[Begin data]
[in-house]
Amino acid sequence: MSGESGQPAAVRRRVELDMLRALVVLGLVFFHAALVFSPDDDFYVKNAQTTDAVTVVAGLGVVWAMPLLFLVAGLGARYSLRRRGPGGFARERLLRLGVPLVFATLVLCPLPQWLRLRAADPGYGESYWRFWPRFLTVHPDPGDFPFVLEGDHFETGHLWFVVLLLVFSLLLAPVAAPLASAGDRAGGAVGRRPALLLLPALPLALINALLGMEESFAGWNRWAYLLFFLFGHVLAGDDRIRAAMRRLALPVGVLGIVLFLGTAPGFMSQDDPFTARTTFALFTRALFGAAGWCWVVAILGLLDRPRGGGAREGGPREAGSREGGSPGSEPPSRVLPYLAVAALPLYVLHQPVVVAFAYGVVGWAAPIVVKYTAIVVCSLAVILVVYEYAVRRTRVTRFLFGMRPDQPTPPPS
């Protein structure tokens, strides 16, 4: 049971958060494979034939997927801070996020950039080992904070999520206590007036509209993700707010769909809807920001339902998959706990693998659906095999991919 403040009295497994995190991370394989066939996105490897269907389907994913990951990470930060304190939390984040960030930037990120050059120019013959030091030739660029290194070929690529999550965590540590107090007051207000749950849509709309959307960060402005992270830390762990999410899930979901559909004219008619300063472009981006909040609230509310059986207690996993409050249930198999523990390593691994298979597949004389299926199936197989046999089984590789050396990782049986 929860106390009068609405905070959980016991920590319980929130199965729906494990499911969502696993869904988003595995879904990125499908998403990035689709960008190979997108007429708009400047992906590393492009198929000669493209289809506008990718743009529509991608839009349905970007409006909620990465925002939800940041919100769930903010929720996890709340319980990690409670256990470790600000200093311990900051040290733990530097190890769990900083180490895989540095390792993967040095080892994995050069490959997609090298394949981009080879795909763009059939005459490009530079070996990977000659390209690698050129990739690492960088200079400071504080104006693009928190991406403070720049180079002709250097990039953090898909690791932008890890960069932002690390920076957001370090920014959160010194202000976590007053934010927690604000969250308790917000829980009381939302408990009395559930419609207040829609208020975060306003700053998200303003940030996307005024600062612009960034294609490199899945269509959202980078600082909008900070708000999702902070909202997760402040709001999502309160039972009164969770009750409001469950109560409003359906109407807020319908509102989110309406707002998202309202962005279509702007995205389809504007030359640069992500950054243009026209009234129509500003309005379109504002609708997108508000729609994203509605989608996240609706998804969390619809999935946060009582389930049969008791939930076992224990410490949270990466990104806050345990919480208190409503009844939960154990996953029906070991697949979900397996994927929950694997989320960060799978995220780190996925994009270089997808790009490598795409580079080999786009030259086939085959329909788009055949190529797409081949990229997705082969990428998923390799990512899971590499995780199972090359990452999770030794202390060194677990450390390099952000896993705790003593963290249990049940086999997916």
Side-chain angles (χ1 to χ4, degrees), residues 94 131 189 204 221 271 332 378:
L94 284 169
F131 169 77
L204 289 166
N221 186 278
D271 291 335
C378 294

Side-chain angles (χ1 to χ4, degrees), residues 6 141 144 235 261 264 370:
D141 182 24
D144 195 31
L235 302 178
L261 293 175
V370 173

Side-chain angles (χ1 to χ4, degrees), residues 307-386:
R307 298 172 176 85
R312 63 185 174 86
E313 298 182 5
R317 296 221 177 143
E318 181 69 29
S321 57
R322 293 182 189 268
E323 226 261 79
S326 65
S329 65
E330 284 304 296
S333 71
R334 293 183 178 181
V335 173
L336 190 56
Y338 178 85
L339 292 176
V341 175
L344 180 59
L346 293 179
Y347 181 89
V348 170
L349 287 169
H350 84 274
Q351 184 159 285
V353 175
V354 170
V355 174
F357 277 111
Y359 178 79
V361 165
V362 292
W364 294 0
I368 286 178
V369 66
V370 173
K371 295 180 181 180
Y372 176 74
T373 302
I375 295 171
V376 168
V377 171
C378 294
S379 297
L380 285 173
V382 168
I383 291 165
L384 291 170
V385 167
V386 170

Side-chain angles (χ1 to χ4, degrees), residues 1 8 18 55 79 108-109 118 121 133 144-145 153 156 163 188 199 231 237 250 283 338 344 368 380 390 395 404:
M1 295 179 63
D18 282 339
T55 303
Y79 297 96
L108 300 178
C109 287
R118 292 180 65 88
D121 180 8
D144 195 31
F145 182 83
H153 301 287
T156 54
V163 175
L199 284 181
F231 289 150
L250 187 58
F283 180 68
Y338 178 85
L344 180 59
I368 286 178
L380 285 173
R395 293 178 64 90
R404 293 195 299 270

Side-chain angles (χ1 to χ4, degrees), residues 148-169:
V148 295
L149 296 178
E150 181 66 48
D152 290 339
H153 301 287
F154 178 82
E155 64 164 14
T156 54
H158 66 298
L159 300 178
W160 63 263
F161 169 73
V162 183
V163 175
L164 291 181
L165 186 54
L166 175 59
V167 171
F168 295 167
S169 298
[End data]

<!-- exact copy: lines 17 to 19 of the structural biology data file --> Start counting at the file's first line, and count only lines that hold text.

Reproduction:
Side-chain angles (χ1 to χ4, degrees), residues 307-386:
R307 298 172 176 85
R312 63 185 174 86